Healthcare / Service redesign
Paramedic response firm seeking partner for manned drone flights
By Andrew Sansom | 23 Oct 2020 | 0
Falck, a Nordic healthcare, rescue and safety services company, has announced its intention to make manned drones an integral part of its fire and emergency medical services.
Before 2025, drones will fly paramedics to attend emergency scenes, says the company. The next phase will be to gain practical experience of how drones may be used in specific situations and to seek amendments to legislation to allow drones to become part of everyday life.
Falck believes the drones will help save and improve lives among critically ill and injured patients. At the same time, the company anticipates that the drones will enable a single paramedic to respond, who can then assess whether an ambulance is needed.
The company is launching its first test flights with unmanned drones and is working on establishing a partnership with a technology partner with whom the company can carry out manned drone flights.
This is one of a number of initiatives on which the company is embarking, which it believes will set the standard for how emergency medical services will be delivered within a decade.
Over the last 10-15 years, Falck has developed sophisticated emergency medical services with customers, with current ambulances performing as an advanced point of treatment, or a rolling clinic. Doctors and paramedics are trained and equipped to initiate the first treatment of critically ill and injured patients in the ambulance.
The entire healthcare sector faces fundamental changes in the coming years, owing to challenges in caring for more chronically ill patients and higher demands from citizens, healthcare professionals and decision makers. At the same time, new forms of mobility, such as self-driving cars and drones, are emerging that will bring change to the emergency medical service sector.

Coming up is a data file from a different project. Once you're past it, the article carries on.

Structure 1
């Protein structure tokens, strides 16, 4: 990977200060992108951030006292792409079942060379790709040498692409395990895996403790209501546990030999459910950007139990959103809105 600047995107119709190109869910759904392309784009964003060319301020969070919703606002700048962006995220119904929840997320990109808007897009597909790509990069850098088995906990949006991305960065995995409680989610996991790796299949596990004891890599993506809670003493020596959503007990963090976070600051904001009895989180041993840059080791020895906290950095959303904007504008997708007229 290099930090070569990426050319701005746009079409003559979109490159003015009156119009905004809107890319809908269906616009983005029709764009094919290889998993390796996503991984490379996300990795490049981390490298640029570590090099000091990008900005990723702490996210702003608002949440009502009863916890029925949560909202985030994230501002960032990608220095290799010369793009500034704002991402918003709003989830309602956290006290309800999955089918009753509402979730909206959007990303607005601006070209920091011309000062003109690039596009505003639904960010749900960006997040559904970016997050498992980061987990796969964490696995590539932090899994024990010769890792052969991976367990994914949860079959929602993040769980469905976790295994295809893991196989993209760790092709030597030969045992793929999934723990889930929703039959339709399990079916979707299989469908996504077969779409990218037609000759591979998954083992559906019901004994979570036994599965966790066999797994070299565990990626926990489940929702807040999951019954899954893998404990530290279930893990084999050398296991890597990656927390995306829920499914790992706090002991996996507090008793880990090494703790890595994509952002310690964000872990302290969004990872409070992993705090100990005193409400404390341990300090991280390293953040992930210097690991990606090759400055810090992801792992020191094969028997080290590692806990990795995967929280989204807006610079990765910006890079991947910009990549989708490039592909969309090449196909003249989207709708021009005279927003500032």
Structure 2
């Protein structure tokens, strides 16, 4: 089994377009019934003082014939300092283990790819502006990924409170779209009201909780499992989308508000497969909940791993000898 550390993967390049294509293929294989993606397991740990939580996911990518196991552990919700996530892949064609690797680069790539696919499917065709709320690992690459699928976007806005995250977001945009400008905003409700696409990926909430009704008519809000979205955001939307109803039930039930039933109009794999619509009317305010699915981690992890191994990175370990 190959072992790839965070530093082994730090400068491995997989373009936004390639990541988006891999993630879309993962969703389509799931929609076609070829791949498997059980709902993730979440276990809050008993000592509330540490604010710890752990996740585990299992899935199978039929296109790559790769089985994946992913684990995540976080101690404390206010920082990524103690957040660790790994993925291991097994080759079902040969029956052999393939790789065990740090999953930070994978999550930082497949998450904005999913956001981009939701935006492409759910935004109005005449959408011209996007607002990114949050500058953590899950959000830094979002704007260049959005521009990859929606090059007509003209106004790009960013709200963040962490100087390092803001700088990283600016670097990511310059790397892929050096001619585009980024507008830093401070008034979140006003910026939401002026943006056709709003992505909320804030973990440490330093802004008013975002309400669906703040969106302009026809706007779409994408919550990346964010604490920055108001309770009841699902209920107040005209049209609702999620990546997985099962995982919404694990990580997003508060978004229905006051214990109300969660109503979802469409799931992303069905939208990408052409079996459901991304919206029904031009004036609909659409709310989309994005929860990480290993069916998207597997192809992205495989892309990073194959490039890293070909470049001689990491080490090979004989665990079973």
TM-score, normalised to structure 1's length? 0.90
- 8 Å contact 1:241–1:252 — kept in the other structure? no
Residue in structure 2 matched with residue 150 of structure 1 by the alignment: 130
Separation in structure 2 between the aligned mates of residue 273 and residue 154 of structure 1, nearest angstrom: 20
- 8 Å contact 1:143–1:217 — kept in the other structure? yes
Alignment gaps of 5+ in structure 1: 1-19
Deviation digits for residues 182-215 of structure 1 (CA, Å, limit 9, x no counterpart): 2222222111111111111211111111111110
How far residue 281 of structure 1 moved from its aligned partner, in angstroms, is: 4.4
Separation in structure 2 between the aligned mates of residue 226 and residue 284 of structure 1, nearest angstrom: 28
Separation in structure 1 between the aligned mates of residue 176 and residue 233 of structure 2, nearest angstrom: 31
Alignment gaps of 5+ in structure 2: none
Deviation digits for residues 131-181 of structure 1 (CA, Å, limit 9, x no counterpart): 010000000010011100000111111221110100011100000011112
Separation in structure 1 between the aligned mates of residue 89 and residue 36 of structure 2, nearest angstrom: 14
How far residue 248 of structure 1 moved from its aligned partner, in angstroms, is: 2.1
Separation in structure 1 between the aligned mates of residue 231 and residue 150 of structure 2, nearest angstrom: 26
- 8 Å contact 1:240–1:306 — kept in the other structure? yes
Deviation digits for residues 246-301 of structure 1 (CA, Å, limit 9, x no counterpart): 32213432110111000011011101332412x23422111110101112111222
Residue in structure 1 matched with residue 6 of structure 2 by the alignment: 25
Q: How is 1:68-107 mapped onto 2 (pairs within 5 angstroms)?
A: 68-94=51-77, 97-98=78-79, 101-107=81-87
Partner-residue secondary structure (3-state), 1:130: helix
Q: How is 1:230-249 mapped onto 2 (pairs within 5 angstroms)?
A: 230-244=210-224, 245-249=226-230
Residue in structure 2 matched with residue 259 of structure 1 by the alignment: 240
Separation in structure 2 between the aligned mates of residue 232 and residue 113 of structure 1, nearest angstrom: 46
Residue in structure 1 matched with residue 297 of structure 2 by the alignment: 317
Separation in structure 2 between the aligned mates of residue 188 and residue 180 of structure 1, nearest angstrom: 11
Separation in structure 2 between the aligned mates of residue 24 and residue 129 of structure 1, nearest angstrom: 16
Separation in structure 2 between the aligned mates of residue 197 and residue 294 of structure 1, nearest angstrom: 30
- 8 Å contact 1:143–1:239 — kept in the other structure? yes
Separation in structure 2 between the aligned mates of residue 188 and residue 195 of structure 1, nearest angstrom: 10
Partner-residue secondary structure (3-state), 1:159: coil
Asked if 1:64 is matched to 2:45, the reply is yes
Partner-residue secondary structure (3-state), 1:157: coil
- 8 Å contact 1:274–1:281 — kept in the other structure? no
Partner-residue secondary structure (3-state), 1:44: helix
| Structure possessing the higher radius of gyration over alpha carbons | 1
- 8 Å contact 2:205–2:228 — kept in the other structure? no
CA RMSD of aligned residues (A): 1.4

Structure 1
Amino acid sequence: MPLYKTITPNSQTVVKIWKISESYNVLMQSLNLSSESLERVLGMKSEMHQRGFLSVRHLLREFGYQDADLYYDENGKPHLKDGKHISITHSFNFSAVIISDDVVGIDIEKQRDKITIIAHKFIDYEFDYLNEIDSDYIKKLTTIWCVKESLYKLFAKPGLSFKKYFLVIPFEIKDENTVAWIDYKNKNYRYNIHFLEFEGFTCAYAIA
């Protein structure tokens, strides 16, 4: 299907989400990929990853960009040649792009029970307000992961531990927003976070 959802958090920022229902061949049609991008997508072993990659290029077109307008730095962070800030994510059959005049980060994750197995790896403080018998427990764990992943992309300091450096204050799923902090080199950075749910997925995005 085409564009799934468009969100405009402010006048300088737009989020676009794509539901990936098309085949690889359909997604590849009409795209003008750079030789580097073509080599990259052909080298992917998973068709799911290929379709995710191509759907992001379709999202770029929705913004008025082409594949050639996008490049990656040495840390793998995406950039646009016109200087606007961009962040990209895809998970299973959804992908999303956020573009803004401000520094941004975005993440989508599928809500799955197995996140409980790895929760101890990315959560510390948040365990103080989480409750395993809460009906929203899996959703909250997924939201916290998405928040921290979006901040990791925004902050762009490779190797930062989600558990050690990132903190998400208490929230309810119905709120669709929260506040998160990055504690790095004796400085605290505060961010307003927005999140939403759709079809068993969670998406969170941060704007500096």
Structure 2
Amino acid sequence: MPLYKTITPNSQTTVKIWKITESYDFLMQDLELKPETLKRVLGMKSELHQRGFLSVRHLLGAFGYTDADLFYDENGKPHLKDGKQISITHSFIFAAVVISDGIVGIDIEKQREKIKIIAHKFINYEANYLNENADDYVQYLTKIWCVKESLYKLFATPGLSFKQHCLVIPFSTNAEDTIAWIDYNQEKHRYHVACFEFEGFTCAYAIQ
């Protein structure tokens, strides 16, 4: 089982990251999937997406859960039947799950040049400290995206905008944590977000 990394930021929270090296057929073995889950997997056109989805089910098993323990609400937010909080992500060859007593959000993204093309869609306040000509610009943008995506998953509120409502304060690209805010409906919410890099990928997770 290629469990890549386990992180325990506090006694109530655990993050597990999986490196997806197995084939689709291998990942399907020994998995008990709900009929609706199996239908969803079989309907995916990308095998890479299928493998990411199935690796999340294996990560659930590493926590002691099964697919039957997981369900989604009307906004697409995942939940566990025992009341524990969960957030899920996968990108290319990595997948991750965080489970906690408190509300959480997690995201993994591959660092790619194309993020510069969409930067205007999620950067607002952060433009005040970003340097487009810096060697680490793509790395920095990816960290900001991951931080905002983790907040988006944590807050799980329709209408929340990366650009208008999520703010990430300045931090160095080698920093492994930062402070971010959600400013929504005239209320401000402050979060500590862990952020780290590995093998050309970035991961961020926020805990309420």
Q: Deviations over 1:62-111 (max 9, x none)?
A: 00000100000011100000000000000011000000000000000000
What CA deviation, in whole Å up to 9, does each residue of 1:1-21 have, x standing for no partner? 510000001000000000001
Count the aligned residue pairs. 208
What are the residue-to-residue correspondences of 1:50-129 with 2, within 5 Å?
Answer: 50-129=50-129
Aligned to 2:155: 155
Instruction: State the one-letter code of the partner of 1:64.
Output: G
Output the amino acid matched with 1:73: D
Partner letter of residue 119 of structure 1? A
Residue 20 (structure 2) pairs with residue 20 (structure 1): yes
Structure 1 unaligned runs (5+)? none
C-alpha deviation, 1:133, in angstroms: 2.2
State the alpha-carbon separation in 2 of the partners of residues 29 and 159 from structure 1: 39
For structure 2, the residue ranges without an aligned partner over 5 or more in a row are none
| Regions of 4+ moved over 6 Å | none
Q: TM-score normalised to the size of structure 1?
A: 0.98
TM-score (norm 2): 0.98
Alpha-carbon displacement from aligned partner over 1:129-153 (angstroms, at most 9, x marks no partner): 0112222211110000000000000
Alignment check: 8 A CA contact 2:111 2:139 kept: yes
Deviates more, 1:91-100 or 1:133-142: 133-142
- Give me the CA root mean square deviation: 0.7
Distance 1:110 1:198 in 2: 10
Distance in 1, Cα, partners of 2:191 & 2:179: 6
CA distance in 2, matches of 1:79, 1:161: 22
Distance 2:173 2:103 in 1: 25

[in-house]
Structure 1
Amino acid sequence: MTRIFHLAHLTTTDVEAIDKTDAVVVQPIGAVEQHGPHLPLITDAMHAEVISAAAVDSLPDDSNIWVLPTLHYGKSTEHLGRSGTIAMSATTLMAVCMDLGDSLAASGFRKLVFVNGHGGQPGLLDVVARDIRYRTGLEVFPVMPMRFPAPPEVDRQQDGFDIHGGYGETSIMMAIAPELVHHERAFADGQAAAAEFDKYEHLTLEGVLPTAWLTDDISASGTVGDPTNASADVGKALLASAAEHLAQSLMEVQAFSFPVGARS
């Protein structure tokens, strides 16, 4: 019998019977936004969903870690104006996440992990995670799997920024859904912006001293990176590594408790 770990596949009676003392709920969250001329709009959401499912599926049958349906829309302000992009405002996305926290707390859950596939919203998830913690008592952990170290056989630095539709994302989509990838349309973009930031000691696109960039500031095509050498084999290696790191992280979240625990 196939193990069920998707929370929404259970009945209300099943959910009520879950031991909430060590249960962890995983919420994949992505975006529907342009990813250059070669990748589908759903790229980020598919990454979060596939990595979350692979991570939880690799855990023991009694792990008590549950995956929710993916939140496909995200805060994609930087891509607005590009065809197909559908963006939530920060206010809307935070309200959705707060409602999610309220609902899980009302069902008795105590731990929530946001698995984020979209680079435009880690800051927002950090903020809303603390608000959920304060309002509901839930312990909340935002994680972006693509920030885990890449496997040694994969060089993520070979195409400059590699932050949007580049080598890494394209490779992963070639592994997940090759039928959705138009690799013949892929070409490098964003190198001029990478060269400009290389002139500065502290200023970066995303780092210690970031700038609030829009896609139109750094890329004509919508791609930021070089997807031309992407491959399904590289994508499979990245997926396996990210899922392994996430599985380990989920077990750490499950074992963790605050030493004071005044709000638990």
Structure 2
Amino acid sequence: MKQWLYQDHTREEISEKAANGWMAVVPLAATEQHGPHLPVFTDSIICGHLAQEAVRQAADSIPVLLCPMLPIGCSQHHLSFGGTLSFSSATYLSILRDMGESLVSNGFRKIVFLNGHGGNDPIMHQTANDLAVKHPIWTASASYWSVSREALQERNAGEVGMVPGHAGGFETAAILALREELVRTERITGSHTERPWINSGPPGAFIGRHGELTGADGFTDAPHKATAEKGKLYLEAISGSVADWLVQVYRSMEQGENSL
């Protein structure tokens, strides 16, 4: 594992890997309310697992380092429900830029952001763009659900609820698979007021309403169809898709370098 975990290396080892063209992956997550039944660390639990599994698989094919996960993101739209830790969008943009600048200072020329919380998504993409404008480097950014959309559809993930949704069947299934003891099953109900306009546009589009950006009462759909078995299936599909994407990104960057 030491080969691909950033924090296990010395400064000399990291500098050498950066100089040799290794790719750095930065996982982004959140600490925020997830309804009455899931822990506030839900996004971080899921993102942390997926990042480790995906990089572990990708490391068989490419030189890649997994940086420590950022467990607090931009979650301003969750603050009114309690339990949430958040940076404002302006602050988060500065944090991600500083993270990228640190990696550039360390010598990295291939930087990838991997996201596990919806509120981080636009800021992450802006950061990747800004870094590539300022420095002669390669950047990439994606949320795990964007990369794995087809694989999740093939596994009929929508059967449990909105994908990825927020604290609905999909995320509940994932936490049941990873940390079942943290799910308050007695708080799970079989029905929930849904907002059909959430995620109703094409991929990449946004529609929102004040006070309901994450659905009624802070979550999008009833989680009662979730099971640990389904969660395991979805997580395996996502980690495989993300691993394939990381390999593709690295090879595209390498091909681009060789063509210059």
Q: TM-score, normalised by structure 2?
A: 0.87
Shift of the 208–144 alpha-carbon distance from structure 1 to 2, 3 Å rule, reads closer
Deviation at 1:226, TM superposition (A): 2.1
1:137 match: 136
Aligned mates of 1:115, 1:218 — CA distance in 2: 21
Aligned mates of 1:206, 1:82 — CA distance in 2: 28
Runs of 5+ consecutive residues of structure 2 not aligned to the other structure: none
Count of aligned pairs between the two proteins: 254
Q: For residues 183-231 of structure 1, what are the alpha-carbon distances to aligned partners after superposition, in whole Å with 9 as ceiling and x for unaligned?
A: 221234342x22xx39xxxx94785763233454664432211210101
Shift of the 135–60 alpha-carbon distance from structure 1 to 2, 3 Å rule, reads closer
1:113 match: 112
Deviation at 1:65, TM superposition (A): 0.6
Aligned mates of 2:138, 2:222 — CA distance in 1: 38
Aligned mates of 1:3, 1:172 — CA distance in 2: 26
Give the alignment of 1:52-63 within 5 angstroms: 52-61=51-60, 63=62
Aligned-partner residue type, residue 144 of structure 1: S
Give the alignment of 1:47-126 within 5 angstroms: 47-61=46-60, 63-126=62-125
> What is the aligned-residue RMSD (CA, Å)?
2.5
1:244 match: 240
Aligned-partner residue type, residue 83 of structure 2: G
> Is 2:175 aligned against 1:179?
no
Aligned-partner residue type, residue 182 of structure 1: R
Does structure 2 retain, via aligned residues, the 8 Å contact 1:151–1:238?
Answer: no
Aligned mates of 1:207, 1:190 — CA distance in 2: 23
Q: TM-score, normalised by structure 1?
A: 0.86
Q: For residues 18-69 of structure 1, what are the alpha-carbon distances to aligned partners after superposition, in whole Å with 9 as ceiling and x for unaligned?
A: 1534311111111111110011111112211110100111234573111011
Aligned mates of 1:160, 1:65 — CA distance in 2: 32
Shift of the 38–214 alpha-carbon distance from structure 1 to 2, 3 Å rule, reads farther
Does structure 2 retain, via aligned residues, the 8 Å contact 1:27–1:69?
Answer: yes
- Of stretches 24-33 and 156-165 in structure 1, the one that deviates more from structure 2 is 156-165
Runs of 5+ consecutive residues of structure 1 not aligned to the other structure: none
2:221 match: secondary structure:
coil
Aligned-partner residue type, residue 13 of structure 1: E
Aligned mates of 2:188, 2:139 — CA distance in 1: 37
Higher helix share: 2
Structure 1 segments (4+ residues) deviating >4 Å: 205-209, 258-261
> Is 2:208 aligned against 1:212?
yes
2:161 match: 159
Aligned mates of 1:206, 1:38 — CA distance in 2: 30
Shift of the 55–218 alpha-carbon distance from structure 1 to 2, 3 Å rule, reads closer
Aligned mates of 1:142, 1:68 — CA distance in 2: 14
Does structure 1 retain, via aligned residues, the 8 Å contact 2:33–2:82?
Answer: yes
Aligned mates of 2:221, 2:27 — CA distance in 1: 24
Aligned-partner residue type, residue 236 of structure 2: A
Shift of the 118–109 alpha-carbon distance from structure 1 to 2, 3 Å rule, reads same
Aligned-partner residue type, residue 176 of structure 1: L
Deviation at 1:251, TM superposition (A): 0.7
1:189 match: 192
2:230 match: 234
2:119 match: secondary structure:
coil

How more value can be created from new drone technology is an open question, says Falck. The value may lie in faster response time for patients with cardiac arrest. It may exist in providing an enhanced service for remote areas. It may provide advantages in being able to treat more patients at home or in reducing the number of ambulance trips to save on staff and money.
According to the firm, the emergency response sector is seen as a priority area for the use of drone, with more authorities worldwide expected to allow the flying of drones beyond visual line of sight and the use of manned drones during the next decade.
The company adds that it’s well positioned to test and evaluate new technologies on a large scale but that it requires global partnerships and implementation across national markets.